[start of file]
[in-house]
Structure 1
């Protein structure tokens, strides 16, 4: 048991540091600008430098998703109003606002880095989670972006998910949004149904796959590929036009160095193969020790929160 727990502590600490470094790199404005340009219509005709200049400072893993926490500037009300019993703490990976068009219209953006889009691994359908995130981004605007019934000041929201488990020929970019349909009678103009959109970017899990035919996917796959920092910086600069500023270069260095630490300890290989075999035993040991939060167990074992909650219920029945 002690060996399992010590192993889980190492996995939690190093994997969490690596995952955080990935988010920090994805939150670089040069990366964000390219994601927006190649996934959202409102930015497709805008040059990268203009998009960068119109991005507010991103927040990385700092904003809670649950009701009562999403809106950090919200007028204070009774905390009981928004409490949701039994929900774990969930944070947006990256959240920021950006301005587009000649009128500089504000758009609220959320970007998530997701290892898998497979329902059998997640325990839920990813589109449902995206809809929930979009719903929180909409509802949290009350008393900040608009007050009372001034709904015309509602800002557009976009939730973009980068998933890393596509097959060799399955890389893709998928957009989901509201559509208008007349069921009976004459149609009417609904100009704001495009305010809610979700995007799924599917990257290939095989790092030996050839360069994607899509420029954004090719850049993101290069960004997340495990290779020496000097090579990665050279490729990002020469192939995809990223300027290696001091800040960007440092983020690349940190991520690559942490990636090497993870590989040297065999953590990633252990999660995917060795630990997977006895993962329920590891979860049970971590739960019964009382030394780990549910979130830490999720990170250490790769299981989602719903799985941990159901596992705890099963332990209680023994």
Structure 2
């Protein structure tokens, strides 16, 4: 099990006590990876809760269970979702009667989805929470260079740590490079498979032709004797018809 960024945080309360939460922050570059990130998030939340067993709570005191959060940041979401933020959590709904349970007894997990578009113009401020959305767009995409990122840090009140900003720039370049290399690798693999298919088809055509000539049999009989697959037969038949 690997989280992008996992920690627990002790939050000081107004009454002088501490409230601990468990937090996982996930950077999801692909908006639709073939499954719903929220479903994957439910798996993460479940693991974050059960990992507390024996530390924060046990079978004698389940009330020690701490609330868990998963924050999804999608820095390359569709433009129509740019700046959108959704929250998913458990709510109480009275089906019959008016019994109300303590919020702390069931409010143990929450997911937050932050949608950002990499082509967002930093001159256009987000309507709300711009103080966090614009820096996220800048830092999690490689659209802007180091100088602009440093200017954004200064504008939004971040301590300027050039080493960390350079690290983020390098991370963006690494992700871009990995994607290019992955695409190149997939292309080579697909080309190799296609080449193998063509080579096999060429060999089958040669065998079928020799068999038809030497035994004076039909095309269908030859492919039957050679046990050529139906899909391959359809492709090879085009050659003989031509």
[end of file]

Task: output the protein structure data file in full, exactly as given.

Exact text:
[in-house]
Structure 1
């Protein structure tokens, strides 16, 4: 048991540091600008430098998703109003606002880095989670972006998910949004149904796959590929036009160095193969020790929160 727990502590600490470094790199404005340009219509005709200049400072893993926490500037009300019993703490990976068009219209953006889009691994359908995130981004605007019934000041929201488990020929970019349909009678103009959109970017899990035919996917796959920092910086600069500023270069260095630490300890290989075999035993040991939060167990074992909650219920029945 002690060996399992010590192993889980190492996995939690190093994997969490690596995952955080990935988010920090994805939150670089040069990366964000390219994601927006190649996934959202409102930015497709805008040059990268203009998009960068119109991005507010991103927040990385700092904003809670649950009701009562999403809106950090919200007028204070009774905390009981928004409490949701039994929900774990969930944070947006990256959240920021950006301005587009000649009128500089504000758009609220959320970007998530997701290892898998497979329902059998997640325990839920990813589109449902995206809809929930979009719903929180909409509802949290009350008393900040608009007050009372001034709904015309509602800002557009976009939730973009980068998933890393596509097959060799399955890389893709998928957009989901509201559509208008007349069921009976004459149609009417609904100009704001495009305010809610979700995007799924599917990257290939095989790092030996050839360069994607899509420029954004090719850049993101290069960004997340495990290779020496000097090579990665050279490729990002020469192939995809990223300027290696001091800040960007440092983020690349940190991520690559942490990636090497993870590989040297065999953590990633252990999660995917060795630990997977006895993962329920590891979860049970971590739960019964009382030394780990549910979130830490999720990170250490790769299981989602719903799985941990159901596992705890099963332990209680023994």
Structure 2
């Protein structure tokens, strides 16, 4: 099990006590990876809760269970979702009667989805929470260079740590490079498979032709004797018809 960024945080309360939460922050570059990130998030939340067993709570005191959060940041979401933020959590709904349970007894997990578009113009401020959305767009995409990122840090009140900003720039370049290399690798693999298919088809055509000539049999009989697959037969038949 690997989280992008996992920690627990002790939050000081107004009454002088501490409230601990468990937090996982996930950077999801692909908006639709073939499954719903929220479903994957439910798996993460479940693991974050059960990992507390024996530390924060046990079978004698389940009330020690701490609330868990998963924050999804999608820095390359569709433009129509740019700046959108959704929250998913458990709510109480009275089906019959008016019994109300303590919020702390069931409010143990929450997911937050932050949608950002990499082509967002930093001159256009987000309507709300711009103080966090614009820096996220800048830092999690490689659209802007180091100088602009440093200017954004200064504008939004971040301590300027050039080493960390350079690290983020390098991370963006690494992700871009990995994607290019992955695409190149997939292309080579697909080309190799296609080449193998063509080579096999060429060999089958040669065998079928020799068999038809030497035994004076039909095309269908030859492919039957050679046990050529139906899909391959359809492709090879085009050659003989031509």